‘Mr Hughes will be with you in a moment.’

The bodyguard left.

While I was waiting for Mr Hughes to arrive, I wandered over to have a closer look at one of the pictures.

I was standing outside the Colosseum in Rome, and it had taken me a while to find. It’s not a small thing, of course, and there were occasional streetmaps posted on signs that made it seem easy: a snail shell of rock, curled under the heart of the city like trapped wind. How could you miss it? But I’d wandered the tall streets for what felt like hours without success, and then finally succumbed to the heat, unfolding a curl of Euros to buy a ham cheese panini and a can of Coke. The can had looked out of place: as red as sunburn against the drained, dirty tones of the buildings. Those two things together cost the equivalent of eight pounds. I mean, fuck this city.

Dull traffic lights blinked yes and no as I walked, attempting to regulate the cars and mopeds whooshing past. My rucksack was stuck to my back with sweat, and I ate and drank as I wandered, my head held down over the backpacker’s shuffle. Finally, after an age of walking, the city had unfolded itself like a flower and I’d seen it.

It wasn’t as big as I’d expected. It seemed tall and wide – as though it was something tired that had lain down there rather than been built – but still: not as big as you’d think. For one thing, only half of it was actually complete, with white plaster patches giving only a general illusion of the original form. At the base, shops had been structured into its circumference. There was a McDonald’s, a Disney and a few others I didn’t recognise. They seemed to detract from the size and scale of it. Just another shopping centre. A man in a yellow boiler suit was trawling the sunny square in front of it, picking up litter with electronic clippers.

I watched from above, where the Colosseum seemed very still, like a painting, or maybe a mountain in the distance. There were small people moving around it: tubby tourists in garish outfits, wearing cameras like bulky black medallions; stick-thin, burnt-brown locals swinging around on high-stepping pedal-bikes; couples, merging at the arm; old men, their walnut-textured skin cooking slowly in the sun. The sounds all reached me late, and seemed to come from nowhere: noises abstracted from their source. Behind me, the nasal buzz of a scooter was more located and real.

I tapped my way down the steps and crossed the square.

Closer to, the Colosseum became physically more impressive, but also seemed more brow-beaten and weathered. The shops looked even more out of place, like stalls set up around a beached, dying whale, but they had become integral to its structure. Red and purple graffiti tags looped across the remaining stone of the surface. In fact, almost every spare inch, to a height of around seven feet, was filled with names and pictures. Above the graffiti, the Colosseum began properly: brown and crumbly as tilled soil. It looked like a breeze would damage it; as though a heavy wind might redistribute two thousand years of history as dust across the old city around it.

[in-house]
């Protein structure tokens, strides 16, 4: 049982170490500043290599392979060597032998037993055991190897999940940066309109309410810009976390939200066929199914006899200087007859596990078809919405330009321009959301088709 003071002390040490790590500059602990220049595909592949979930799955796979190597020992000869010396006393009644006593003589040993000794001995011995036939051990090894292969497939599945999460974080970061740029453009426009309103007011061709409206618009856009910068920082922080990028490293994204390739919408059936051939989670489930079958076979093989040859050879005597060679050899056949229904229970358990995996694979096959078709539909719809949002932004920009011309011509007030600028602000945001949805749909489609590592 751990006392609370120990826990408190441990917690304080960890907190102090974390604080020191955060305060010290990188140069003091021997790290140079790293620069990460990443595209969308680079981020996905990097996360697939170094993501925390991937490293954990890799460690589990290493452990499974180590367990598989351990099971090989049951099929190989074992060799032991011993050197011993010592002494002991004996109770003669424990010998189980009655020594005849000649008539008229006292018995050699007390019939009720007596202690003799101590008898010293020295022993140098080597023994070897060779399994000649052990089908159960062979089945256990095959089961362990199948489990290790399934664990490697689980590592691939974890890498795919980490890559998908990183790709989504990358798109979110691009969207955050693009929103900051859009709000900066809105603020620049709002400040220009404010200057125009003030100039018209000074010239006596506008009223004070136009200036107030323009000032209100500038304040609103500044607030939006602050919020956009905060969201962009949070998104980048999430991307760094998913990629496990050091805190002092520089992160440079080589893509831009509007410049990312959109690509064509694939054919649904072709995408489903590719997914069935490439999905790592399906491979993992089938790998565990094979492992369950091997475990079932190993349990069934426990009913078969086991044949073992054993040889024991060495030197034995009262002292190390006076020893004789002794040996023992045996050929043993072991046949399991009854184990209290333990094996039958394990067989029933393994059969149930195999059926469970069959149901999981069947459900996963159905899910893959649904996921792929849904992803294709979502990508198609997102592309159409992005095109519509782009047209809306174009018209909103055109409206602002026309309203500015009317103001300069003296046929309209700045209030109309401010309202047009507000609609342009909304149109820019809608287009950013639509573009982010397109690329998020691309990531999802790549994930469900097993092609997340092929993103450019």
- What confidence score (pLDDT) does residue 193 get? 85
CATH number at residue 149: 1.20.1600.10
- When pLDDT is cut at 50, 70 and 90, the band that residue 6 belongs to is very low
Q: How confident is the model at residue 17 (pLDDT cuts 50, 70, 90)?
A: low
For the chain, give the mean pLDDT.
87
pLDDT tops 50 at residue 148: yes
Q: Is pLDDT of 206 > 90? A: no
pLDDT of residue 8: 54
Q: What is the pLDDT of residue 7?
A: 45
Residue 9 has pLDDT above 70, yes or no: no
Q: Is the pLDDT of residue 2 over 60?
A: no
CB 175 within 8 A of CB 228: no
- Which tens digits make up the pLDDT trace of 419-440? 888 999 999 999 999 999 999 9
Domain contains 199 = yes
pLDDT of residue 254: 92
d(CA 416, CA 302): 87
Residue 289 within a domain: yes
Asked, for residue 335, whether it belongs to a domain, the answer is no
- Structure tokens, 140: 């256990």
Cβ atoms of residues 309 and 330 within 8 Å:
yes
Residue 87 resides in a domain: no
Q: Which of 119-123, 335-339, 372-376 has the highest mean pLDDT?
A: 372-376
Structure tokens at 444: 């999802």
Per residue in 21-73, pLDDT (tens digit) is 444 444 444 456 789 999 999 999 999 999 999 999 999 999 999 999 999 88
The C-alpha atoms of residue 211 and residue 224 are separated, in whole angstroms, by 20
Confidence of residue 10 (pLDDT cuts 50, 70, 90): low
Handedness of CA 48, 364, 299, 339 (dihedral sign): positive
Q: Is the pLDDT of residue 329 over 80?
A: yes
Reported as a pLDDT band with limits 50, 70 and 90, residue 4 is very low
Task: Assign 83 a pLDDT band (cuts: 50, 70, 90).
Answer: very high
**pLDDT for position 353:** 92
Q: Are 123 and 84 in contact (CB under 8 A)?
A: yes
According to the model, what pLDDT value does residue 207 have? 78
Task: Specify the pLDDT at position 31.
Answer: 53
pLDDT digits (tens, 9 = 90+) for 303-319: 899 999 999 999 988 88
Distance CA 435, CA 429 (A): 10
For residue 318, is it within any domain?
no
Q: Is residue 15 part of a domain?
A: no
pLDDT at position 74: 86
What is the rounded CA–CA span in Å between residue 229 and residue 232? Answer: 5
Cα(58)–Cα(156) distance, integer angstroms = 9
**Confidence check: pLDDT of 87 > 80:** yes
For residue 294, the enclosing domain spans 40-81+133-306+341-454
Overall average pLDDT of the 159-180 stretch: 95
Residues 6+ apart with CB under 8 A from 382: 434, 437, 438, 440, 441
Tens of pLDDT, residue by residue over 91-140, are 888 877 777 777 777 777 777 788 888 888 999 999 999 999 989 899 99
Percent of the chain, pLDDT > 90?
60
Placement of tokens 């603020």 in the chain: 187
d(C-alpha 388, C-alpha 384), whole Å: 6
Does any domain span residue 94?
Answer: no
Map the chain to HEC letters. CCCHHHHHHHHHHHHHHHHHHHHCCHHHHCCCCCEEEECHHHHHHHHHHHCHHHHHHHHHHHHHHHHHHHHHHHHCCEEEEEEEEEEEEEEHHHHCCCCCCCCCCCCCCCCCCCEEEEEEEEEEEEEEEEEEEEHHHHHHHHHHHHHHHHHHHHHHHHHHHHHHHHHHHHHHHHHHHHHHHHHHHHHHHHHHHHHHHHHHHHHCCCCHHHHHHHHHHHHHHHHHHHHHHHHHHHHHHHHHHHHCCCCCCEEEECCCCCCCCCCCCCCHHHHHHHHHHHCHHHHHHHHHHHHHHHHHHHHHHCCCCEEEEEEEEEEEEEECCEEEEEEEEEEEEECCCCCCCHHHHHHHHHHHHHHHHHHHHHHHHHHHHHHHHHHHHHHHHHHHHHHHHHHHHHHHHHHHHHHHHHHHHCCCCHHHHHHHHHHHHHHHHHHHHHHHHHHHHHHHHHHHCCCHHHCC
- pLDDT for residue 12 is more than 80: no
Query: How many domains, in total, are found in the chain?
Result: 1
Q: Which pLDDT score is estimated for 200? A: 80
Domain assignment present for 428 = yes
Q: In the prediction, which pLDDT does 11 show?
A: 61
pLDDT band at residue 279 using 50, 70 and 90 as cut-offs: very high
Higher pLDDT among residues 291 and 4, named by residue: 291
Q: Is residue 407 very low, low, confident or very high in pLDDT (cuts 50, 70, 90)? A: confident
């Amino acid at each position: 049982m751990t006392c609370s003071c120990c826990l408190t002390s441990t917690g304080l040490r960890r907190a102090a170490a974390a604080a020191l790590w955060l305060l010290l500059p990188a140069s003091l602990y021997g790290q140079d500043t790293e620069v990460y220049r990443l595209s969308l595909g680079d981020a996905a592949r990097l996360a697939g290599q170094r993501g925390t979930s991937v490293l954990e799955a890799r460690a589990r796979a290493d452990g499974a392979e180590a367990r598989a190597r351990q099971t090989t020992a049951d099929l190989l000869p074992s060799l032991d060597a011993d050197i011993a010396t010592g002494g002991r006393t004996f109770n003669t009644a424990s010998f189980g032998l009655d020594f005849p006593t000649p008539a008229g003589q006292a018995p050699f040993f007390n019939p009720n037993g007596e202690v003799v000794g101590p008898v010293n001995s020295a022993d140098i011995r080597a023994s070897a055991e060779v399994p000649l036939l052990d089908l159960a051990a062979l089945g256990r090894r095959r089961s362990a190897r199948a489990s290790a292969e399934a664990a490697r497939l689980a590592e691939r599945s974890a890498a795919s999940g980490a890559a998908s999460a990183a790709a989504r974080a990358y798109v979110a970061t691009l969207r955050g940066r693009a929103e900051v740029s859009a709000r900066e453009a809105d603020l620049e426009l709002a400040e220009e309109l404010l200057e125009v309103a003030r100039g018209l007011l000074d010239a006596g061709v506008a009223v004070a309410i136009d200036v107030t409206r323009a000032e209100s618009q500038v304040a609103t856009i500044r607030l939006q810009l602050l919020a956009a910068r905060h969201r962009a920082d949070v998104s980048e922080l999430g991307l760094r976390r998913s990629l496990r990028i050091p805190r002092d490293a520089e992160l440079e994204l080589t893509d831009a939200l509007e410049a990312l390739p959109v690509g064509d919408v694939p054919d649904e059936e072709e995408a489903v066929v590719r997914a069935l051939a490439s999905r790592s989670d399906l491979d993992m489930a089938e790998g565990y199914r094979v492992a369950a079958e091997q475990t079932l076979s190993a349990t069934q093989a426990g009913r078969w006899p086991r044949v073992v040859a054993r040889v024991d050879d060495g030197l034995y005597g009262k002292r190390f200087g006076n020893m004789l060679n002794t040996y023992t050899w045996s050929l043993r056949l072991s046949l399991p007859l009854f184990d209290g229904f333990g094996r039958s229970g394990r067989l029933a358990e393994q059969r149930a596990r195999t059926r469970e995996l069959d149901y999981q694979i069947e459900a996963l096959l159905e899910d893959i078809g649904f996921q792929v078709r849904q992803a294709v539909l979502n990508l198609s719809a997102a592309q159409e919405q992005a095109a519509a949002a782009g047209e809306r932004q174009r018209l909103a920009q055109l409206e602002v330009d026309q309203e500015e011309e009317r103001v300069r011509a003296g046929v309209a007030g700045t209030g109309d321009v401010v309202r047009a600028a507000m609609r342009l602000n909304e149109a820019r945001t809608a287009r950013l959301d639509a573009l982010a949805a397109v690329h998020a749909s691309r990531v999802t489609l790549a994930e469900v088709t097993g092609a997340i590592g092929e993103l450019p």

I paid the entrance fee, peeling off more notes from my thinning bundle, and was allowed through a clicking turnstile onto a stone walkway, overlooking the skeletal, overgrown remains of the Colosseum’s guts. It was like looking into an old beehive, with most of the middle scooped out to reveal the layers of honeycombs inside: a husk of a place. A great ellipse of stone terraces curled around the central floor of the arena, which had been stripped away over time to uncover underground cells, tunnels and passageways. Grass was stuttering out of the rock. Nature seemed to be reclaiming the place, even as it was being branded, franchised and hollowed out: robbed of its original meaning even as it was traded on. And all the time, the sun was pressing down hard upon it, like a hot amber palm. Tourists were taking whirring, flashing snapshots. There was the trudge of feet, and the sucking, scratching sound of bored straws exploring the bottom of cardboard cartons.

Half the people in the world: if you told them to take a pilgrimage to a public toilet, they would – cameras and fat fucking children and all. The other half would go and daub graffiti on it when they thought nobody was looking. And all of them would imagine it meant something.

I found a place by the barrier and slid my backpack off with a mixture of relief and revulsion. The air – although warm – instantly chilled the back of my T-shirt, which had been stained beige by a mixture of sweat and dust. At least I was clean. The night before, I’d bedded down at a campsite two bus journeys out of the city centre, and I’d managed to get a shower and tidy that morning. But I’d last washed a T-shirt a few weeks ago, if you could call that a wash: standing at a dirty outdoor sink, squinting in the sun, mashing it up in grey, foamy water.

Now, uncaring of my appearance, I unclipped the side pocket of the backpack and drew out my notebook. The stone barrier, although rough on my elbows, provided a good place to lean as I took the top off the pen, opened the notepad at the scribble page and tested the nib with a few blue curls of ink. It was working fine. I flipped back to the first free page in the pad.